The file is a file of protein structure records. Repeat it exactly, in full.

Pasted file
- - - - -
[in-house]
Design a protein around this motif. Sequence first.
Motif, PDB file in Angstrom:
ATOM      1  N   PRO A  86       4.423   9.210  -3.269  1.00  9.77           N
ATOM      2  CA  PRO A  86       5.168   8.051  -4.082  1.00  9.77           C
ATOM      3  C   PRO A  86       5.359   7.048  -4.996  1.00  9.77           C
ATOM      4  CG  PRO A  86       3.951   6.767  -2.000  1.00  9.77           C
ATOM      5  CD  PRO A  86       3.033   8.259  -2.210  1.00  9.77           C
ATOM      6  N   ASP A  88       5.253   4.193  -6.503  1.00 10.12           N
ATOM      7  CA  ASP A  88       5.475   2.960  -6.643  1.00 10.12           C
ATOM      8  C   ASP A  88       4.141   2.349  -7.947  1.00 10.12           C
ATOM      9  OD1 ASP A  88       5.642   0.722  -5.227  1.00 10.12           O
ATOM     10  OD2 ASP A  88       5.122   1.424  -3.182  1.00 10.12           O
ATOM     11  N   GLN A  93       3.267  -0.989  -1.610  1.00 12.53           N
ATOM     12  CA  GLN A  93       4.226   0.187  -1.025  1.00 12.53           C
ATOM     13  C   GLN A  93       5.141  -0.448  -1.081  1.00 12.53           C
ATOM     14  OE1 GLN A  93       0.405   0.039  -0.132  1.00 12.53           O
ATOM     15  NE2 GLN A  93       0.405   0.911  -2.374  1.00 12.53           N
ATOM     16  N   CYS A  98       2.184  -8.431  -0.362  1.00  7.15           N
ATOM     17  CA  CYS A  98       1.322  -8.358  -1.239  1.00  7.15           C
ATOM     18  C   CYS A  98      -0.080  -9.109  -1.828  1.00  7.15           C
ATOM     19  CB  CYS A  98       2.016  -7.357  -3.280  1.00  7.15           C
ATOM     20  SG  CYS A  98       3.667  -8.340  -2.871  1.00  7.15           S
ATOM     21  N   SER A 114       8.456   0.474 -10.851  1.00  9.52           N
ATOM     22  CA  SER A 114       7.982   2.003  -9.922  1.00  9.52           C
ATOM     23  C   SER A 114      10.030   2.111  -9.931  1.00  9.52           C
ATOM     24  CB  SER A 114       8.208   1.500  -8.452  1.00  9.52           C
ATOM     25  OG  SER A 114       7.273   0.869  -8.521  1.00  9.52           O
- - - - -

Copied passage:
[in-house]
Design a protein around this motif. Sequence first.
Motif, PDB file in Angstrom:
ATOM      1  N   PRO A  86       4.423   9.210  -3.269  1.00  9.77           N
ATOM      2  CA  PRO A  86       5.168   8.051  -4.082  1.00  9.77           C
ATOM      3  C   PRO A  86       5.359   7.048  -4.996  1.00  9.77           C
ATOM      4  CG  PRO A  86       3.951   6.767  -2.000  1.00  9.77           C
ATOM      5  CD  PRO A  86       3.033   8.259  -2.210  1.00  9.77           C
ATOM      6  N   ASP A  88       5.253   4.193  -6.503  1.00 10.12           N
ATOM      7  CA  ASP A  88       5.475   2.960  -6.643  1.00 10.12           C
ATOM      8  C   ASP A  88       4.141   2.349  -7.947  1.00 10.12           C
ATOM      9  OD1 ASP A  88       5.642   0.722  -5.227  1.00 10.12           O
ATOM     10  OD2 ASP A  88       5.122   1.424  -3.182  1.00 10.12           O
ATOM     11  N   GLN A  93       3.267  -0.989  -1.610  1.00 12.53           N
ATOM     12  CA  GLN A  93       4.226   0.187  -1.025  1.00 12.53           C
ATOM     13  C   GLN A  93       5.141  -0.448  -1.081  1.00 12.53           C
ATOM     14  OE1 GLN A  93       0.405   0.039  -0.132  1.00 12.53           O
ATOM     15  NE2 GLN A  93       0.405   0.911  -2.374  1.00 12.53           N
ATOM     16  N   CYS A  98       2.184  -8.431  -0.362  1.00  7.15           N
ATOM     17  CA  CYS A  98       1.322  -8.358  -1.239  1.00  7.15           C
ATOM     18  C   CYS A  98      -0.080  -9.109  -1.828  1.00  7.15           C
ATOM     19  CB  CYS A  98       2.016  -7.357  -3.280  1.00  7.15           C
ATOM     20  SG  CYS A  98       3.667  -8.340  -2.871  1.00  7.15           S
ATOM     21  N   SER A 114       8.456   0.474 -10.851  1.00  9.52           N
ATOM     22  CA  SER A 114       7.982   2.003  -9.922  1.00  9.52           C
ATOM     23  C   SER A 114      10.030   2.111  -9.931  1.00  9.52           C
ATOM     24  CB  SER A 114       8.208   1.500  -8.452  1.00  9.52           C
ATOM     25  OG  SER A 114       7.273   0.869  -8.521  1.00  9.52           O